I read with interest the San Francisco Fed's report on demographics and P/E ratios, and thus, through them, stock prices.
Their thesis is that when the ratio of the 40-49 year-old part of the population to the 60-69 year old part of the population is high, there are lots of producers, lots of consuming, and P/E ratios go up and thus the stock market rises. When that ratio drops, the P/E ratios drop and the stock market drops. They present an interesting case with a good correlation between this demographic ratio to the P/E ratio of stocks.
What struck me when I saw the chart was that this demographic ratio is anti-correlated to the price of gold. When the demographic ratio is high, and the P/E ratios are high, gold price is low, and when that ratio is low, and the P/E ratio is low, gold prices peak. I took their Figure II and used Powerpoint to quickly sketch on the chart an approximate gold price history. I used a scaled picture of the gold chart as back drop for my hand drawing on top of Figure 2.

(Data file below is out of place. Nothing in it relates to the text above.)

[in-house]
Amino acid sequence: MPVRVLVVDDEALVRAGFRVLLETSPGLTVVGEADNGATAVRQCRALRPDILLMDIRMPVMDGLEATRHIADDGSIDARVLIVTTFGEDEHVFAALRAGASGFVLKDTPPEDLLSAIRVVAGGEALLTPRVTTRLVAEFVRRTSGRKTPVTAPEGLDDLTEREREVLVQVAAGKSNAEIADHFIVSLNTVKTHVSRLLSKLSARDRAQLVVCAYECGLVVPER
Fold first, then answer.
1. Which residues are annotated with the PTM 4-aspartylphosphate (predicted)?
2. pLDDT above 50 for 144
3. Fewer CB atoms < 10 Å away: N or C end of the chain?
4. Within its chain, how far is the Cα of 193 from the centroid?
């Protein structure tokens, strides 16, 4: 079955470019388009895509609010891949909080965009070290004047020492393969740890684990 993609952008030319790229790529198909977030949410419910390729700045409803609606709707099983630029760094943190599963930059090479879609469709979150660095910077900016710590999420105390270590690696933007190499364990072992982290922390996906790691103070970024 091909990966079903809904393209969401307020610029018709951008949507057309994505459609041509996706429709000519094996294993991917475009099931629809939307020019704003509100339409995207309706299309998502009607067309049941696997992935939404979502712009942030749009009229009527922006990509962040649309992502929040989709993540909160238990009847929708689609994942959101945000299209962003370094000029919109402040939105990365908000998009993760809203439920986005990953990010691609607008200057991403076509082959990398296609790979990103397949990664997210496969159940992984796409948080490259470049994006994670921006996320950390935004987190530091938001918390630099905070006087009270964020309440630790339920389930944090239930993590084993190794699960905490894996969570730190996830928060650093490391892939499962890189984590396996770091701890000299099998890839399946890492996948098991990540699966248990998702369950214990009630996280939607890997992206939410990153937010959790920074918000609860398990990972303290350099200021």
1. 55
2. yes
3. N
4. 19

What one can immediately see is that gold peaked in the early 1980s just about at the trough in the demographic ratio. Gold also began rising just about when the demographic ratio peaked.
Why would this be?
The most obvious possibility is that when the ratio is low and stocks are falling or giving poor return for the risk, people turn to gold as a place of safety. If this is so, then the Fed's prediction for stock prices would say that gold has a bright and shiny future
Disclosure: I am long physical gold.